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Title: The application of surface coatings for low wear and low friction performance between valve train components
Author: Lawes, Simon Donald A. J.
ISNI:       0000 0004 2683 1152
Awarding Body: University of Leicester
Current Institution: University of Leicester
Date of Award: 2009
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The UK produces >150 million tonnes of CO2 annually, a large proportion of which comes from the transport sector. The UK looks to lead the way in CO2 emission reduction, committing to an 80% reduction by 2050. Meeting this target is going to be a huge challenge for engineers in all sectors of industry, and improved component efficiency will have a large role to play. This study has looked at the three novel friction and wear reduction techniques that may find application in the valve-train component of the automotive internal combustion engine. The aim of this study has been to establish the effectiveness of a range of: i) diamond-like carbon (DLC) coatings; ii) carbon nitride (CNx) coatings, and; iii) ionic liquid based lubricants, at reducing friction and wear in the valve-train. The main focus of this work has been the study of thin, wear resistant, and lubricious DLC coatings. A range of DLC coatings have been investigated to determine their performance in an instrumented valve-train test rig and compared to coating mechanical properties. Similar work has been conducted with CNx coatings, which are also thin, wear resistant and lubricious, whilst maintaining a lower hardness to elastic modulus ratio. It has been confirmed in this work that coating adhesion, hardness and abrasion resistance are key to coating durability in the valve-train along with the novel observation that impact toughness, particularly resistance to high angle inclined impact, is a very important factor in determining coating lifetimes. Also work has also been done to investigate the lubrication properties of ionic liquids. These liquids have very different chemistry to traditional hydrocarbon based lubricants but have demonstrated values of friction coefficient similar to that of engine oil. The mechanism by which these liquids are retained in the contact and provide lubrication bears further investigation.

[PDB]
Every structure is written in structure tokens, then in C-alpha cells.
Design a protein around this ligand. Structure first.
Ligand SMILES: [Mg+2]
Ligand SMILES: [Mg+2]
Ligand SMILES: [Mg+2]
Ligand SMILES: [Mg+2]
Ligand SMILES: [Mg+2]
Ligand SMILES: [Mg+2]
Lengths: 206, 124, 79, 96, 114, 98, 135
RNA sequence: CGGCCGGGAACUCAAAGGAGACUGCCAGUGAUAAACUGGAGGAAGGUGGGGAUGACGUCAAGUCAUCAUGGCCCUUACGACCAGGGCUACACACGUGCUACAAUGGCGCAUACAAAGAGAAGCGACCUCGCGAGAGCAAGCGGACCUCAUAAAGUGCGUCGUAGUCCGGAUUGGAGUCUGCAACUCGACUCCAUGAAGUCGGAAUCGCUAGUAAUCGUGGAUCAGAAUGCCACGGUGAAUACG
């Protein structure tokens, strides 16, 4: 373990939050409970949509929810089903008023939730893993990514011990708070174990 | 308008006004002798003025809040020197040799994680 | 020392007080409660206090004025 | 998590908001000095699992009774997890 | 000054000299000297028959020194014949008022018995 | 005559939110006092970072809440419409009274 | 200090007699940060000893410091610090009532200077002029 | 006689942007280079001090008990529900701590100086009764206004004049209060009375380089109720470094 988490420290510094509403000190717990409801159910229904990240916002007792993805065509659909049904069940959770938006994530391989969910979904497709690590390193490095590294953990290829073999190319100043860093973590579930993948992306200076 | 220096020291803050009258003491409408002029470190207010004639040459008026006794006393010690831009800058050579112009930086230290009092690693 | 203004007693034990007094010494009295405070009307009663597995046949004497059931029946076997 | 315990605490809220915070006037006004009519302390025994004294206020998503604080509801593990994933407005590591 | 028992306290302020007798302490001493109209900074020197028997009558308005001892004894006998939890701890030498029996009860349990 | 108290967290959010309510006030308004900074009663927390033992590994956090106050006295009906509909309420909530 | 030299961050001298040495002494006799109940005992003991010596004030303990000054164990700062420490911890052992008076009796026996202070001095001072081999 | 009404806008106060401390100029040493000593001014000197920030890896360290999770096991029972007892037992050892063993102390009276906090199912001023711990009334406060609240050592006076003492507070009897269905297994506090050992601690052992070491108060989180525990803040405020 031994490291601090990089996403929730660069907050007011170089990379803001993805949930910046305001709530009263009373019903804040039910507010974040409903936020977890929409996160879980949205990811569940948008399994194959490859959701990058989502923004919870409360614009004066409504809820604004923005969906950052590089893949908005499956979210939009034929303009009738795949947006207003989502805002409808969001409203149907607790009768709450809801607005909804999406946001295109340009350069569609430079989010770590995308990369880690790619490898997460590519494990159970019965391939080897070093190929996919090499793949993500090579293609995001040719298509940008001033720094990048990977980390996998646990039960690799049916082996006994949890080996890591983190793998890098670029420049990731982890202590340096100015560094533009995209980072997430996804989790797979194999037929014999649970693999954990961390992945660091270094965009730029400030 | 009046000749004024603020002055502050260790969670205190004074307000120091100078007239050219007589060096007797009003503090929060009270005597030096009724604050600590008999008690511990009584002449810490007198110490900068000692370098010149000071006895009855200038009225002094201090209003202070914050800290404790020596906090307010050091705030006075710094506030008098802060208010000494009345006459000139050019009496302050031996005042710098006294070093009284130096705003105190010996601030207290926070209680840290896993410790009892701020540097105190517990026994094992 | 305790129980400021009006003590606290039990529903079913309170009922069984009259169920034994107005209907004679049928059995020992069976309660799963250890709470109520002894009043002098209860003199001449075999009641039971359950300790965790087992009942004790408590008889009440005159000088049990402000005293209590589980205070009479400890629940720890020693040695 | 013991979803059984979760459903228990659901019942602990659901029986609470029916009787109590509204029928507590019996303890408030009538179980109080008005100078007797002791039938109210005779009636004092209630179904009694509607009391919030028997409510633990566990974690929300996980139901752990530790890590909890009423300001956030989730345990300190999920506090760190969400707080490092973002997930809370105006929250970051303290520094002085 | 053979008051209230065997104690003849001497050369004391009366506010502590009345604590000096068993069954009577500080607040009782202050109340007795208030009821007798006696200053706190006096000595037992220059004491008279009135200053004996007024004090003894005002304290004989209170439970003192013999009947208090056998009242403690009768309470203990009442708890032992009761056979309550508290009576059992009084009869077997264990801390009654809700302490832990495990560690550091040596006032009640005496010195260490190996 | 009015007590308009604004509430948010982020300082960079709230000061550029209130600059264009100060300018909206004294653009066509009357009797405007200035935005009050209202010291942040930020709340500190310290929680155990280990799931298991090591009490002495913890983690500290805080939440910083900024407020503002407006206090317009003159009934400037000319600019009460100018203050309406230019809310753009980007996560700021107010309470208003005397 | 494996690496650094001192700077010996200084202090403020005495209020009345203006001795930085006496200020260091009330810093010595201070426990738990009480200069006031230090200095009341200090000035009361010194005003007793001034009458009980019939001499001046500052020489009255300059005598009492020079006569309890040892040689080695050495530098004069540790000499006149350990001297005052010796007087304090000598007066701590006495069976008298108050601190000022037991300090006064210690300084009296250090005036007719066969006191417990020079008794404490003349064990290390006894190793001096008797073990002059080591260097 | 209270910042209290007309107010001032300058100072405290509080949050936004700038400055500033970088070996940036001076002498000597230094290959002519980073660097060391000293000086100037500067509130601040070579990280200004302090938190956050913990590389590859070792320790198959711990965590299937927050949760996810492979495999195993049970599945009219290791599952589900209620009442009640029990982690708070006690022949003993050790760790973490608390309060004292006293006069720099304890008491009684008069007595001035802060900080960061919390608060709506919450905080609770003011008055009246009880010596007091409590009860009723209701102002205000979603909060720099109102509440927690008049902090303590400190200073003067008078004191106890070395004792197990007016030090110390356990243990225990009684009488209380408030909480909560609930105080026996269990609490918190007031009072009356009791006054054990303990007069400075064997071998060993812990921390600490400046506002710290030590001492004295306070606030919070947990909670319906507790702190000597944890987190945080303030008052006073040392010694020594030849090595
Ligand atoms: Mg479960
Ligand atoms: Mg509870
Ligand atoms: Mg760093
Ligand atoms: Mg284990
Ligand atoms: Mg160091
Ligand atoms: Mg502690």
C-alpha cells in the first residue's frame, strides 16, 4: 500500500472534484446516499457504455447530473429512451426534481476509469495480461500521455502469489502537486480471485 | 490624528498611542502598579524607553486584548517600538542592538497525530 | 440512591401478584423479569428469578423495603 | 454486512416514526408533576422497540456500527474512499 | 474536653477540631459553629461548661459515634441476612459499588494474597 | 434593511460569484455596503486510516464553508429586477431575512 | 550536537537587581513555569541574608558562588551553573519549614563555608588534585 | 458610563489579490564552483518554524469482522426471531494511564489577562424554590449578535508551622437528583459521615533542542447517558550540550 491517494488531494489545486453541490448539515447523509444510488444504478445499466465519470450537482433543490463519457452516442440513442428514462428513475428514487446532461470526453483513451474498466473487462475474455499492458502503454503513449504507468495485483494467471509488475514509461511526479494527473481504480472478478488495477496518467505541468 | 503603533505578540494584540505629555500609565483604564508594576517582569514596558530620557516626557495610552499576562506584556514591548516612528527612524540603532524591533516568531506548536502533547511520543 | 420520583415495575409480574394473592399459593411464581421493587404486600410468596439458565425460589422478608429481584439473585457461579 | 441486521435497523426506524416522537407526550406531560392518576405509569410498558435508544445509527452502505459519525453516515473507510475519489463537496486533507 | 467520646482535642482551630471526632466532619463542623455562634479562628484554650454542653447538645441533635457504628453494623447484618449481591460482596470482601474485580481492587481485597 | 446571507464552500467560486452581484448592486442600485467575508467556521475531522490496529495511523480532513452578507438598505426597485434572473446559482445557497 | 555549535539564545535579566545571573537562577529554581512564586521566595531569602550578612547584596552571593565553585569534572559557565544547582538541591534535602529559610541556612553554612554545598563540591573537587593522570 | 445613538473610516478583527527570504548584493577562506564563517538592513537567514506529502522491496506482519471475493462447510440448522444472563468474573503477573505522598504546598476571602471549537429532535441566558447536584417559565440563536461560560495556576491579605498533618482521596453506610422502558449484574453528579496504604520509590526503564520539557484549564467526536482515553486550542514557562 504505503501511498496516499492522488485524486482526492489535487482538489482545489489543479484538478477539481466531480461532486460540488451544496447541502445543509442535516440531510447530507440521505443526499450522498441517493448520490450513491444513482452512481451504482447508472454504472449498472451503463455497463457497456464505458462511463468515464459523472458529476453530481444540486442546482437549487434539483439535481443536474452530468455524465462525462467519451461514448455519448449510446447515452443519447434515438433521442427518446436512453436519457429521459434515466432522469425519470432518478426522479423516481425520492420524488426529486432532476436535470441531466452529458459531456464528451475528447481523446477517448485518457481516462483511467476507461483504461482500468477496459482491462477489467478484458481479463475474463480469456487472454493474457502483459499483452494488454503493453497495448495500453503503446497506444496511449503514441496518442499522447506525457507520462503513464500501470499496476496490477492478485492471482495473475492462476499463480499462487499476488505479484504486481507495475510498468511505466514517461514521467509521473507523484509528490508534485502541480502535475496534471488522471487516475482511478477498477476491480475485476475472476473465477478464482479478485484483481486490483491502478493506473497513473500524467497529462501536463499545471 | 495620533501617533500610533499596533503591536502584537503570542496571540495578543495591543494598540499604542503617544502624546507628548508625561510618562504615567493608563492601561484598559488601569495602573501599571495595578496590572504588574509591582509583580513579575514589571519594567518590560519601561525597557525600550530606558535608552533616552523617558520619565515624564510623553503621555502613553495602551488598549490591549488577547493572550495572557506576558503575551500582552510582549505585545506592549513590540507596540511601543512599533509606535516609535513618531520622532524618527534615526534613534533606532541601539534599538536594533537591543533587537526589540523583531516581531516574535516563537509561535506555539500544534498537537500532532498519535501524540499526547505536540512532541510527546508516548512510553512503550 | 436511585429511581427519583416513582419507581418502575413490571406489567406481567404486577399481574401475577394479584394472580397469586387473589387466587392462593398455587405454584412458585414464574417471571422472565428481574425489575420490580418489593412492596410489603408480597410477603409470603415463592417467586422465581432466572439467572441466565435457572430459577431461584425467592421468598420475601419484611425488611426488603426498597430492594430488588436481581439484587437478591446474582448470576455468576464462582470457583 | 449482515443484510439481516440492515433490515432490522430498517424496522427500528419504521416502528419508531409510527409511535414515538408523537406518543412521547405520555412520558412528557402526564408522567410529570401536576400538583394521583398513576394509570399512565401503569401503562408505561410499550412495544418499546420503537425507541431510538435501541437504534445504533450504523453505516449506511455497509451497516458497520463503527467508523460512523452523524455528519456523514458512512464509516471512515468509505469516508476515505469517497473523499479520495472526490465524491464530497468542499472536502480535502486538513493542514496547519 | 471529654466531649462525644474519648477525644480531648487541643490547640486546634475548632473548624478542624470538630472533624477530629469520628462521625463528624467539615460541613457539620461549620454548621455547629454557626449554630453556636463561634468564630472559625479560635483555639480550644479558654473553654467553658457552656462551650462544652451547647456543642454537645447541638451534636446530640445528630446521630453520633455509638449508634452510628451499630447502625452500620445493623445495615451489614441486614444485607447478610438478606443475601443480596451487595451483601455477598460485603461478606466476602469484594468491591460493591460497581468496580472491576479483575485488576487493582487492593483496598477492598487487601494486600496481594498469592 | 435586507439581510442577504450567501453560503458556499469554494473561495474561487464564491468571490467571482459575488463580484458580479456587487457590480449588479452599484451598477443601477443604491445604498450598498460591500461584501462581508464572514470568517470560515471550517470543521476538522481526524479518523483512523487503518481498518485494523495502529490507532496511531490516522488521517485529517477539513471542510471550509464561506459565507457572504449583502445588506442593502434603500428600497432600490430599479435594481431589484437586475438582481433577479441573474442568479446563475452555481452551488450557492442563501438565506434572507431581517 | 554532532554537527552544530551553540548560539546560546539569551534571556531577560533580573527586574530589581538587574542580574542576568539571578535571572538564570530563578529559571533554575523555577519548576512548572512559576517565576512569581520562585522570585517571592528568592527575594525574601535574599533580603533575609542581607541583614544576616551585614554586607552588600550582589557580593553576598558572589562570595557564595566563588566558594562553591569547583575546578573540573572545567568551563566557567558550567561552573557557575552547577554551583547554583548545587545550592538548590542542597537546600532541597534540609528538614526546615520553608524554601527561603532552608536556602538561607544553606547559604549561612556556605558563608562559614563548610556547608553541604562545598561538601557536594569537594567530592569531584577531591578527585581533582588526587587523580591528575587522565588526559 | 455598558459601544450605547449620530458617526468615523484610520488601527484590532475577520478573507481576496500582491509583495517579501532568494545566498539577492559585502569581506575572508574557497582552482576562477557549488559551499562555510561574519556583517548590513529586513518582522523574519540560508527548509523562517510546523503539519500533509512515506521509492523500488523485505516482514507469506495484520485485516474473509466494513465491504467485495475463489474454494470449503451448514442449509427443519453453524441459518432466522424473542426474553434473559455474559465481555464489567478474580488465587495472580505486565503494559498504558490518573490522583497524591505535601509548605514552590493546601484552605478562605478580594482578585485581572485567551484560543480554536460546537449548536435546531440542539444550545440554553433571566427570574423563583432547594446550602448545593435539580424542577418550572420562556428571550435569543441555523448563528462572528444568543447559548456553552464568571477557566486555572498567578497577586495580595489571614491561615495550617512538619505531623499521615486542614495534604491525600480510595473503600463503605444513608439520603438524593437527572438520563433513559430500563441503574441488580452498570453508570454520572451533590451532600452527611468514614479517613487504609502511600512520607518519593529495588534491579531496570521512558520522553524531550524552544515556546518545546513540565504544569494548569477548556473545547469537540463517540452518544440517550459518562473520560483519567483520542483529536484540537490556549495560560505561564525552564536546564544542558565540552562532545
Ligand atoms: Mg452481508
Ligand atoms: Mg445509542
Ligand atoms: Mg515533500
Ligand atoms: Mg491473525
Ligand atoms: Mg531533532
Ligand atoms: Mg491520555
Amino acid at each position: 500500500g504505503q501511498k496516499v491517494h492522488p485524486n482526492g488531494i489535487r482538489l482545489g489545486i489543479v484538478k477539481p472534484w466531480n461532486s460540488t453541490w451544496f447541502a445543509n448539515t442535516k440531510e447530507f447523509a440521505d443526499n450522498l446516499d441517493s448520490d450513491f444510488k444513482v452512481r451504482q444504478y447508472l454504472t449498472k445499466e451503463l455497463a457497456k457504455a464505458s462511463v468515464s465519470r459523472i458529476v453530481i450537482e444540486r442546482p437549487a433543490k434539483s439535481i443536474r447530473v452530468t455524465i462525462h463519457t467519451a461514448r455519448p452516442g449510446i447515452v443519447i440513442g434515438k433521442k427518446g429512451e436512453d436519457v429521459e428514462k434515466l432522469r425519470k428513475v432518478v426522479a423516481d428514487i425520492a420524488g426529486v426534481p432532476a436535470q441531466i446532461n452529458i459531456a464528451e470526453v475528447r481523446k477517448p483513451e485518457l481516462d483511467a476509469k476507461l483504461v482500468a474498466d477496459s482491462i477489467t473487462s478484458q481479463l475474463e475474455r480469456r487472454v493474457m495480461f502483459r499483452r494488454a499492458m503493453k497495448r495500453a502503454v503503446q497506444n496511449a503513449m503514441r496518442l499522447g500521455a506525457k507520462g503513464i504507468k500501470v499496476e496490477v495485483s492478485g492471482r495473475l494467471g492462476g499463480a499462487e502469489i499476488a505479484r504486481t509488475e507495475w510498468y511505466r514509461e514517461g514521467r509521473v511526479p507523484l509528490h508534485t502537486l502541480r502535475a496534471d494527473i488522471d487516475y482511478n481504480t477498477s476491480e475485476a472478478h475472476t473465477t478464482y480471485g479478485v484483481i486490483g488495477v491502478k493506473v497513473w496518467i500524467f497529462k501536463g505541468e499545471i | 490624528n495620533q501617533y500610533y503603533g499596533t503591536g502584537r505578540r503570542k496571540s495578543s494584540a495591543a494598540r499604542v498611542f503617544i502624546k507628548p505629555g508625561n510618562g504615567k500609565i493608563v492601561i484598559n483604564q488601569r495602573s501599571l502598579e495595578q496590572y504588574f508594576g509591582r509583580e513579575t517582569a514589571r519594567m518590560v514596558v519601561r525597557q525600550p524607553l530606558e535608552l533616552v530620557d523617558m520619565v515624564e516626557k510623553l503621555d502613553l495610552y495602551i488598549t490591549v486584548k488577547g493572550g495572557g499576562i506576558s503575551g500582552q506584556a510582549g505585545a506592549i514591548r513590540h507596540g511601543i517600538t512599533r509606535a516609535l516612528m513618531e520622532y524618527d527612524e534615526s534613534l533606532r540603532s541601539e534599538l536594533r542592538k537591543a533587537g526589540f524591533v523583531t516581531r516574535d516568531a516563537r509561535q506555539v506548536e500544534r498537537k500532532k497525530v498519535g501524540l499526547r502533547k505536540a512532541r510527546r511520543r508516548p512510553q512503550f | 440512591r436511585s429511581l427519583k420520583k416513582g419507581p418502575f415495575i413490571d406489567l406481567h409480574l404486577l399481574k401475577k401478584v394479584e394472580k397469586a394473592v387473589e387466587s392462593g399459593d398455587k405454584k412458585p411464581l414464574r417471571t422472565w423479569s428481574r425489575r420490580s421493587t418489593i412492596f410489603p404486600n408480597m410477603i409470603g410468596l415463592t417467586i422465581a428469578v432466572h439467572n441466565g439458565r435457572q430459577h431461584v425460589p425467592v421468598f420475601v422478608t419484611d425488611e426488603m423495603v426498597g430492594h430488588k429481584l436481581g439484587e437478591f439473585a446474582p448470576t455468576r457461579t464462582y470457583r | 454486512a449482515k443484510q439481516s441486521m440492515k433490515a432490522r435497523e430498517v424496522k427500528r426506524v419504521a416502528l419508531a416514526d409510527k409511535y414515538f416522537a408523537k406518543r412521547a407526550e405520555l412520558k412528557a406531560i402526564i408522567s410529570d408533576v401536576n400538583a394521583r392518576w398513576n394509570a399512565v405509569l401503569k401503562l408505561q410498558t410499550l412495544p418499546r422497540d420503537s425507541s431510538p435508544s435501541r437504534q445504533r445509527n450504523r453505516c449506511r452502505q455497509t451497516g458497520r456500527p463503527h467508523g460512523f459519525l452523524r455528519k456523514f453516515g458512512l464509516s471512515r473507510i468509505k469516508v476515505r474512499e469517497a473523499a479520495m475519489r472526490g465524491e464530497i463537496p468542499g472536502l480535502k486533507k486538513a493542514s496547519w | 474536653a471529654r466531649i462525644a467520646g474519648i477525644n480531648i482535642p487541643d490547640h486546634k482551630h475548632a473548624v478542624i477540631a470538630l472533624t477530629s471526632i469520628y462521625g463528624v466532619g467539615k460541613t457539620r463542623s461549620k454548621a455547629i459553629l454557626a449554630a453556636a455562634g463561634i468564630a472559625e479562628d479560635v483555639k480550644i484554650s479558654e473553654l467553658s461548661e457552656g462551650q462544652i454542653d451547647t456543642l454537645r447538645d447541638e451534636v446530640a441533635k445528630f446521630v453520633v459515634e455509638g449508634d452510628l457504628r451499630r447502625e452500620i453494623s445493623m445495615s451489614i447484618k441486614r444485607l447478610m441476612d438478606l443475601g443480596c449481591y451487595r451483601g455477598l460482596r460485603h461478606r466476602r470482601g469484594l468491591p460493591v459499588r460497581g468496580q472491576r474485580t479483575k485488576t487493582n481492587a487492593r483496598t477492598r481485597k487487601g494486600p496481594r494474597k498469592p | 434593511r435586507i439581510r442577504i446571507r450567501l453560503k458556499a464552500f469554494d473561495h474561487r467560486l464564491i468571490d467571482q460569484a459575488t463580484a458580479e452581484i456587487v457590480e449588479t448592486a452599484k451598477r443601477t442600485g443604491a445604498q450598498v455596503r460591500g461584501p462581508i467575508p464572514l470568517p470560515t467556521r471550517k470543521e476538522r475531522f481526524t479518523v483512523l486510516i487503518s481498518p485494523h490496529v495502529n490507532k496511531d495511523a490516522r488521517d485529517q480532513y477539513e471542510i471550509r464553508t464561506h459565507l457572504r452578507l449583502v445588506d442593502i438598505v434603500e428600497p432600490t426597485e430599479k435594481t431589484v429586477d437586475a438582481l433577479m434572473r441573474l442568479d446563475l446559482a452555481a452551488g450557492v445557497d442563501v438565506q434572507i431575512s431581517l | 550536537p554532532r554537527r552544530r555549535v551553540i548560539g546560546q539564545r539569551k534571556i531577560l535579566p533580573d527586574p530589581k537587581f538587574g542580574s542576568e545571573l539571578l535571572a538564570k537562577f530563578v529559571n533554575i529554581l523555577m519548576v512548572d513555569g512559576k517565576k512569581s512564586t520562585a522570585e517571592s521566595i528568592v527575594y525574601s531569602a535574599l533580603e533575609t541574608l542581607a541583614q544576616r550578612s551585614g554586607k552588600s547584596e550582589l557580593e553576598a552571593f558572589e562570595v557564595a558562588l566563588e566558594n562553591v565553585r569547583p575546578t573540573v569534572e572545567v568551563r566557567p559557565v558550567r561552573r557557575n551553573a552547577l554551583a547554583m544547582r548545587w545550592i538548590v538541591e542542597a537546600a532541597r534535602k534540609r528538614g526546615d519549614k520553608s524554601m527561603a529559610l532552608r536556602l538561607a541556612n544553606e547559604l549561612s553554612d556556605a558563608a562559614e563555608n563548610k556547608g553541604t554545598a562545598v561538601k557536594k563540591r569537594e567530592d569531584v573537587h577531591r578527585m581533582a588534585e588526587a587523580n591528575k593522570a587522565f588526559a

Supervisor: Hainsworth, S. Sponsor: EPSRC ; Jaguar Land-Rover Ltd ; Royal Academy of Engineers
Qualification Name: Thesis (Ph.D.) Qualification Level: Doctoral
EThOS ID:  DOI: Not available